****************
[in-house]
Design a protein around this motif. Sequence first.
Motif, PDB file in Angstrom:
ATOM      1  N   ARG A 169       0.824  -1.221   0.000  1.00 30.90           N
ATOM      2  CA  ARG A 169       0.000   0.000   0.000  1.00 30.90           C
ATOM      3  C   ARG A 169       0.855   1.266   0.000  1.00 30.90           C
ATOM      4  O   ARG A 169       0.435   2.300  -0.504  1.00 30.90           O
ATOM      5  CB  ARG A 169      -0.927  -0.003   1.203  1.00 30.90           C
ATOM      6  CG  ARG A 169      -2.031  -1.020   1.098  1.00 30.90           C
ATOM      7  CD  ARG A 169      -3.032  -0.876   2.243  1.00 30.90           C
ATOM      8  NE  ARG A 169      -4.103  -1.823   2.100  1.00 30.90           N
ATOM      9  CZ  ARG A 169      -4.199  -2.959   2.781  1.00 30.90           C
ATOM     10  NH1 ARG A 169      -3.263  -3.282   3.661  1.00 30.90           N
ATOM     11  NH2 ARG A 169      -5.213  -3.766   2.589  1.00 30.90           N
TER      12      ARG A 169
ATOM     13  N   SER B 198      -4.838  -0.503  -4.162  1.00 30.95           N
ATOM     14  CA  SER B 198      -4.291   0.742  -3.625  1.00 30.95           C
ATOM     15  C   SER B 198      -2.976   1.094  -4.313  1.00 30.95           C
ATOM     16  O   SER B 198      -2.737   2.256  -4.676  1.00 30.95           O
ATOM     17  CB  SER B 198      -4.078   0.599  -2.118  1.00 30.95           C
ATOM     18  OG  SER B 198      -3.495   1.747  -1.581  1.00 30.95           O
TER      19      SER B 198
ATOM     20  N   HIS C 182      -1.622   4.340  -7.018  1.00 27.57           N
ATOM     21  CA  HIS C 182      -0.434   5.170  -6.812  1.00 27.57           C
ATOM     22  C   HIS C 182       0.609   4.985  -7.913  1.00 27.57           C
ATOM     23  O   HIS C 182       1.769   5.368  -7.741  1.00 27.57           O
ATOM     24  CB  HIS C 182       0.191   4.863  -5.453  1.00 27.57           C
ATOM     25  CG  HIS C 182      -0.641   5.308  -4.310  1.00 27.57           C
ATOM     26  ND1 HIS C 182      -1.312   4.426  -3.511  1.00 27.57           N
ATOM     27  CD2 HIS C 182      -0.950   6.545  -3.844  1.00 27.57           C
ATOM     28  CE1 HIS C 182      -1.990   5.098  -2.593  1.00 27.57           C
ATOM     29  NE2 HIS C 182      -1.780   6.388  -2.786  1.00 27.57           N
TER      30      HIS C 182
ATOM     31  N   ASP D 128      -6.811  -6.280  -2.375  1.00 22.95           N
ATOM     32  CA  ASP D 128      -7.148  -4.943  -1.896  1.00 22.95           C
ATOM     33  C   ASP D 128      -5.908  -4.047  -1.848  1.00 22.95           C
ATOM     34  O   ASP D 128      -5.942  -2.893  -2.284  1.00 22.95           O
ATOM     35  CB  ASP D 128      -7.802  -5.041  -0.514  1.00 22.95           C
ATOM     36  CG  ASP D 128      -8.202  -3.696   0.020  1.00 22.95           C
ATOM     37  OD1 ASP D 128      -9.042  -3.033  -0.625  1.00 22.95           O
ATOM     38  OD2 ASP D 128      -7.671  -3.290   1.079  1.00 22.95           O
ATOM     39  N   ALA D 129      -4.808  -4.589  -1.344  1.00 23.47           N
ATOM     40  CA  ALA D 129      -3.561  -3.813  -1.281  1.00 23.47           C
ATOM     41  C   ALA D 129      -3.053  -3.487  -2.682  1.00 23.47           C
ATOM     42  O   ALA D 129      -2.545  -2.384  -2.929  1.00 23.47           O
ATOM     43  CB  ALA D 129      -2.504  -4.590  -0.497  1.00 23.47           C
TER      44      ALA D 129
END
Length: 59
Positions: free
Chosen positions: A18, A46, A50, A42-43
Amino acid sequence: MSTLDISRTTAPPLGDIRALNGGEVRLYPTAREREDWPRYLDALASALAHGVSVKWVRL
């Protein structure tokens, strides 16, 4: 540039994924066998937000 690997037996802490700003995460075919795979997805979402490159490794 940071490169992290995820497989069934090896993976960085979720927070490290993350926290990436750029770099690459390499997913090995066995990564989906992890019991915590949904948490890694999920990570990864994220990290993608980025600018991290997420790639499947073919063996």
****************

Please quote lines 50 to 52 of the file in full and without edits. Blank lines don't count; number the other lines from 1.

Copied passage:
Positions: free
Chosen positions: A18, A46, A50, A42-43
Amino acid sequence: MSTLDISRTTAPPLGDIRALNGGEVRLYPTAREREDWPRYLDALASALAHGVSVKWVRL